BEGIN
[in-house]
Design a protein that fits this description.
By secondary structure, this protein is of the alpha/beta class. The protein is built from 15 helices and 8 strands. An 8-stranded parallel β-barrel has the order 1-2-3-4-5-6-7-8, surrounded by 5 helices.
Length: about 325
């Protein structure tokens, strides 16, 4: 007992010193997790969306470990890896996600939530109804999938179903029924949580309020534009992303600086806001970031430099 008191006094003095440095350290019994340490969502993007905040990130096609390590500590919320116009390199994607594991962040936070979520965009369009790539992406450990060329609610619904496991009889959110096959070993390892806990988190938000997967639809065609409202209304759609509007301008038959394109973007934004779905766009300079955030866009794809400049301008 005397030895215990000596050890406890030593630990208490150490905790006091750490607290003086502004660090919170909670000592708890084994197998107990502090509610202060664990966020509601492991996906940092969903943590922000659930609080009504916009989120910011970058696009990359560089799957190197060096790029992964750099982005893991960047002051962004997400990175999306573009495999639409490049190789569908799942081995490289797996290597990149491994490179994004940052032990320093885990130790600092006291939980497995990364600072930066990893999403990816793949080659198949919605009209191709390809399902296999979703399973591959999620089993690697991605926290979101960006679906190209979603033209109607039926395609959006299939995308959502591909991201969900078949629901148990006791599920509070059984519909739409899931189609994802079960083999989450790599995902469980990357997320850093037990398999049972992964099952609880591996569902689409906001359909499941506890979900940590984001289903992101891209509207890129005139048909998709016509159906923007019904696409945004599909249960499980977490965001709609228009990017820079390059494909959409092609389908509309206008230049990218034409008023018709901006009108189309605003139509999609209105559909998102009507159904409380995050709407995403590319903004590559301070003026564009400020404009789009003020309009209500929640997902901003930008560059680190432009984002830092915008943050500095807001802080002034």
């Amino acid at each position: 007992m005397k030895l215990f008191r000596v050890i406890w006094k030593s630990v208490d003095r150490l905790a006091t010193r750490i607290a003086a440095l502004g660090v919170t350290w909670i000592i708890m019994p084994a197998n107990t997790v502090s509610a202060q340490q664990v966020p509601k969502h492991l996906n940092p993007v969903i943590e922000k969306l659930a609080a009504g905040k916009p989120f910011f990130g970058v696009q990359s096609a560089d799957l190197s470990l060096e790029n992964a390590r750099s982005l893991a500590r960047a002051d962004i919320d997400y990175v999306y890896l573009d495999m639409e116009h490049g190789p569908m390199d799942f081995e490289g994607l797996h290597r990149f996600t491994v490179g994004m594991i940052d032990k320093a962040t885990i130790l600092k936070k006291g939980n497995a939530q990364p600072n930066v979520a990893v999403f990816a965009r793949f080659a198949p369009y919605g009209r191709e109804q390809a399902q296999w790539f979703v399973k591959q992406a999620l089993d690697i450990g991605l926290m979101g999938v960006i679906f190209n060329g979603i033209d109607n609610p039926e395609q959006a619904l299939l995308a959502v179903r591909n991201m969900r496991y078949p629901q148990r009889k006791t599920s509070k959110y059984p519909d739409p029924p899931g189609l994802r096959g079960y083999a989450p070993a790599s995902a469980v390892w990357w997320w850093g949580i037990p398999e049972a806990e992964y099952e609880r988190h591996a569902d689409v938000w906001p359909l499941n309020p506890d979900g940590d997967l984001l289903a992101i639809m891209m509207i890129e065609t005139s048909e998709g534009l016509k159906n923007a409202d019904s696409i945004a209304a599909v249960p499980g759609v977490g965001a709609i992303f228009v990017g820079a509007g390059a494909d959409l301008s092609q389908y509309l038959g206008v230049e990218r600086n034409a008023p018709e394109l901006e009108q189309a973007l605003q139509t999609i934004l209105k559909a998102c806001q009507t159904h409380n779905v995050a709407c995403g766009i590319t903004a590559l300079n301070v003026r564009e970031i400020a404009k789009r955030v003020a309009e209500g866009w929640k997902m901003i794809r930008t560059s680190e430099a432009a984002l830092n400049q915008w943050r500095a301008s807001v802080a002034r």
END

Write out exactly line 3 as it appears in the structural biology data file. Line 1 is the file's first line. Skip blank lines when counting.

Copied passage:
By secondary structure, this protein is of the alpha/beta class. The protein is built from 15 helices and 8 strands. An 8-stranded parallel β-barrel has the order 1-2-3-4-5-6-7-8, surrounded by 5 helices.